Foreign economic relations of the country are very specific. As has been noted, being a highly developed capitalist country in the world markets, Australia acts as a supplier of mineral and agricultural raw materials, which, in general, is typical of developing countries. As a state of monopoly capitalism, it is at the same time serves as an object of exploitation by foreign multinational corporations.
Australian Foreign Policy
Playing a more active role in international relations, Australia obtained a status of the middle state, with the authoritative position in many regions of the world. Abundant resources, dynamic economy, unique geographical location – all these objectively makes Australia a very attractive partner for many countries. Therefore, Australia is increasingly developing many forms and methods of its foreign policy.
In the 90-ies years of XX century it took a firm place in the ” support echelon ” of the Asia-Pacific Region (APR), without whose partnership none of even the most powerful world states today can successfully develop its foreign policy in accordance with modern conditions and needs. In international operations and foreign policy, Australia in recent years, used such means and methods as high professionalism of the diplomatic service, the achievements of modern information technology, paid special attention to design and implementation of sound and prudent strategy and tactics. All this has allowed Australia to strengthen its position in the international arena with a minimum of financial and material costs.
The declaration by Australia of its new role in the Asia-Pacific Region (APR) has strengthened its traditional interest in foreign economic relations, thus by 2013, a quarter of the country’s GDP brought the sectors contacting with Asian countries. Good relationships with these countries were important for maintaining stability and security in the region (Burke 2012). Therefore, the steps to expand ties with them while strengthening them with the same partners were taken. So, in March 2013, the Second Indonesian-Australian dialog on deepening and strengthening of the public, media, and business contacts with Indonesia was held in Australia (Taylor & Rafferty-Brown 2010).
Also, the cooperation of relevant agencies was organized on a wide range of issues related to security, the fight against terrorism, human trafficking, and assistance to the population during natural disasters and human rights (Human Rights and Australian Foreign Policy 2011). In relations with Thailand, an important place was occupied by issues of economic cooperation; particularly the implementation of the conditions of previously concluded a trade agreement. In relations with Malaysia, the priority was given to economic relations, which were maintained by the formation of the bilateral free trade agreement.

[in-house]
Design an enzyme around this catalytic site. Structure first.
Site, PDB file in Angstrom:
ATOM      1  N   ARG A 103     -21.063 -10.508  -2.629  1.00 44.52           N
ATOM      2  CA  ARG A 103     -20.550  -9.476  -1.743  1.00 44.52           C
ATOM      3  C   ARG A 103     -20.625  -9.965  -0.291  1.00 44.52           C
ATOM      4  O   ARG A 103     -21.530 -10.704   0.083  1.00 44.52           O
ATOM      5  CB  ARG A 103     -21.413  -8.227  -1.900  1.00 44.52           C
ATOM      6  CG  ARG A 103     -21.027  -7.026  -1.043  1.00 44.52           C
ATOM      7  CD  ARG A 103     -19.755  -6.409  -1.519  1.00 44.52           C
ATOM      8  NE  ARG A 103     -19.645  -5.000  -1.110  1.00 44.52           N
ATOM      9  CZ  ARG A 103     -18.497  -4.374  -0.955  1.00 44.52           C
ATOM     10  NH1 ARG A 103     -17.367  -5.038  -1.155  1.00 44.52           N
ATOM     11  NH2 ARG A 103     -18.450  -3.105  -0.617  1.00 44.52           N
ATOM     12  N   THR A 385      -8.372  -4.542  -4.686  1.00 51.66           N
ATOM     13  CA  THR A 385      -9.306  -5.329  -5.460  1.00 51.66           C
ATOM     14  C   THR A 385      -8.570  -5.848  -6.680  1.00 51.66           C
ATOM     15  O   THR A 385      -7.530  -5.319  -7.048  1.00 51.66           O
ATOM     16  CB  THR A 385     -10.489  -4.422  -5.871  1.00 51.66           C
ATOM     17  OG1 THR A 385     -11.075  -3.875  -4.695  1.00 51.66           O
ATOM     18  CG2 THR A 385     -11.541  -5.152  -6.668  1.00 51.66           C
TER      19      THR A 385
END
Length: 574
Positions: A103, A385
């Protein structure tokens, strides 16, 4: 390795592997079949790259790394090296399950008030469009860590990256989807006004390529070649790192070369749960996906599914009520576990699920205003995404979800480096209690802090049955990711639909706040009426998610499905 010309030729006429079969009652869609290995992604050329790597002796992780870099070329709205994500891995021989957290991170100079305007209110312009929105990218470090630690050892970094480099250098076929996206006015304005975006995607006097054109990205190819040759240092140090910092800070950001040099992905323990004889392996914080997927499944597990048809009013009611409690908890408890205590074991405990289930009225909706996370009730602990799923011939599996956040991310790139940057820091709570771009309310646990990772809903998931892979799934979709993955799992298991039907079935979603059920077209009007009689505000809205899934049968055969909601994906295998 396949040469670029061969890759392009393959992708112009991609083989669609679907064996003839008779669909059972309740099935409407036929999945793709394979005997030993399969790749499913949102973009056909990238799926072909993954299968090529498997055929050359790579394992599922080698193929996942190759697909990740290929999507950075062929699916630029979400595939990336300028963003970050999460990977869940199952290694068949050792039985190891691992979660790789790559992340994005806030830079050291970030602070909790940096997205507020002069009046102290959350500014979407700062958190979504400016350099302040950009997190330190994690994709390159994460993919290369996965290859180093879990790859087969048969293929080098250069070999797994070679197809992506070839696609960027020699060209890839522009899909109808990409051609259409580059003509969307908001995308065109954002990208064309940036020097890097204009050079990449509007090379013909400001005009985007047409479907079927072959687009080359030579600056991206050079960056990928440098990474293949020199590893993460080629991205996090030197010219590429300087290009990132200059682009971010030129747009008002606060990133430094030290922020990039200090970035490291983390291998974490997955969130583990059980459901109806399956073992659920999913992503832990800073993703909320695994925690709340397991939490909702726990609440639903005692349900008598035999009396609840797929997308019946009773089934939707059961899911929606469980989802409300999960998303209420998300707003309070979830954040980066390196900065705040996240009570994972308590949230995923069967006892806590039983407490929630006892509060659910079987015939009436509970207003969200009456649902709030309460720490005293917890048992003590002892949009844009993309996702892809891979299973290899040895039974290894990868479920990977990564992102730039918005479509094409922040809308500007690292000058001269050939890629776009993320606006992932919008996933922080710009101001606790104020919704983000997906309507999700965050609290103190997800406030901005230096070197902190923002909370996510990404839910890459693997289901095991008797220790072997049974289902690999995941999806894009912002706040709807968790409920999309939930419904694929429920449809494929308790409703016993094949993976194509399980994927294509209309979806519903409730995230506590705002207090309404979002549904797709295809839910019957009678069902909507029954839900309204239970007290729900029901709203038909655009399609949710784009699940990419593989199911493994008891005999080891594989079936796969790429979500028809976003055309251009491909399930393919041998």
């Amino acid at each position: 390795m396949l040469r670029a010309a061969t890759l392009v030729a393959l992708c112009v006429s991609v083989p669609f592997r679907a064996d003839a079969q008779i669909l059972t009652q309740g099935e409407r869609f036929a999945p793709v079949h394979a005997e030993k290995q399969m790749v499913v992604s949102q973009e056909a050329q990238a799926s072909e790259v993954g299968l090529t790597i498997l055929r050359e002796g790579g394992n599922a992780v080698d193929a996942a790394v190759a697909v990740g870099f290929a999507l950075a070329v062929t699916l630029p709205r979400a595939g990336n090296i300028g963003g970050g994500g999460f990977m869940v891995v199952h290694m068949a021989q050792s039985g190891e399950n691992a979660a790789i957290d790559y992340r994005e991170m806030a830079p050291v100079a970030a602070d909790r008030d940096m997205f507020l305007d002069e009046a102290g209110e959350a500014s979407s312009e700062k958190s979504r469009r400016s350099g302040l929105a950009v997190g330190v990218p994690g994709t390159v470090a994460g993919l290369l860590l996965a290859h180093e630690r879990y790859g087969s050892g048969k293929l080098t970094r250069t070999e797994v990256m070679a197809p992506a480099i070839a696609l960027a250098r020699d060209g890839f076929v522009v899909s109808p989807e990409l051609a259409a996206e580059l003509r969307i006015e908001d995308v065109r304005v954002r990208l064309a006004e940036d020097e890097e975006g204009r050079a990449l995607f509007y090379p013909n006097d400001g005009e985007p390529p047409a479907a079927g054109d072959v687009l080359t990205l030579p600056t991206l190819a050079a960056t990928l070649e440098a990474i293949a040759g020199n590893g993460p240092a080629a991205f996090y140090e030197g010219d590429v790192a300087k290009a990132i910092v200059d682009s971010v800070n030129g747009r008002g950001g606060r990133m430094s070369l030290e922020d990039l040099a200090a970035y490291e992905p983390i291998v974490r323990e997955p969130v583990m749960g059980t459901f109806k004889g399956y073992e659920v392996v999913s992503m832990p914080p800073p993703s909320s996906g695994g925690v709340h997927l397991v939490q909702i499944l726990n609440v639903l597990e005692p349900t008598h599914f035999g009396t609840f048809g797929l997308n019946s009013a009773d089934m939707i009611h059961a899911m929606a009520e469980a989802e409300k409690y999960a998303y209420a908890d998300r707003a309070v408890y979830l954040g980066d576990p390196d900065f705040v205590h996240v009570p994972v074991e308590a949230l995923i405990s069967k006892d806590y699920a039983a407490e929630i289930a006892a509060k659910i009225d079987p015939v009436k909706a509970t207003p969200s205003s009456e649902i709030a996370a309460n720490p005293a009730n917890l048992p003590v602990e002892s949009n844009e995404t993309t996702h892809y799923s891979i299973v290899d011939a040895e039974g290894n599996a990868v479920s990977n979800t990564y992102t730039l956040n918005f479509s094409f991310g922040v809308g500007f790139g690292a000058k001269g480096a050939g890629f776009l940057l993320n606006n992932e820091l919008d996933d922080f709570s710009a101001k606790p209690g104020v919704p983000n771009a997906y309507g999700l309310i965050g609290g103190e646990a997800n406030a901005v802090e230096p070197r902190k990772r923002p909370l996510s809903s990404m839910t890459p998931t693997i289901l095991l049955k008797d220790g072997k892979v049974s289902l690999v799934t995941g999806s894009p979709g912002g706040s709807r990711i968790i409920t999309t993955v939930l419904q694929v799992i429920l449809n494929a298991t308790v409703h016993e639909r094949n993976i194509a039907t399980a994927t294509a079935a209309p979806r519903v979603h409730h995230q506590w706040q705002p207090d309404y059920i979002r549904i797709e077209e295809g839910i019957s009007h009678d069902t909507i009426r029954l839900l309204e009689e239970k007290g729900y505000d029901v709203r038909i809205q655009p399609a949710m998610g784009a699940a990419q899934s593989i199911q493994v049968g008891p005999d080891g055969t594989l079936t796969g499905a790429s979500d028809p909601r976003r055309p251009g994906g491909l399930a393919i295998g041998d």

In relations with Cambodia, the determining factor was in the complex process of democratization of the country, conducted in the conditions of social and political instability inherent to Cambodia. Australia renders financial assistance to this country. The interaction of Australia with Brunei has increased, also due to the activities of ASEAN and East Asia summit. But along with the strengthening of relations with these countries, the fence-mending with China remained an urgent task.
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Relationships with this country are important because of economic and political interests of Australia. This issue is reflected in the new White Paper of Australia, which stated that the primary objective of its foreign policy is a peaceful and conflict-free rise of China. It was noted that Australia’s military expenditure will be minimal. This underlines the significance of Australia’s participation in the strategic changes in the Indo-Pacific region in order to minimize competition and maximize cooperation in relations between the US and China; urging the latter to be more transparent in its military plans. The relations with the countries of Oceania were also developed within Australian foreign policy.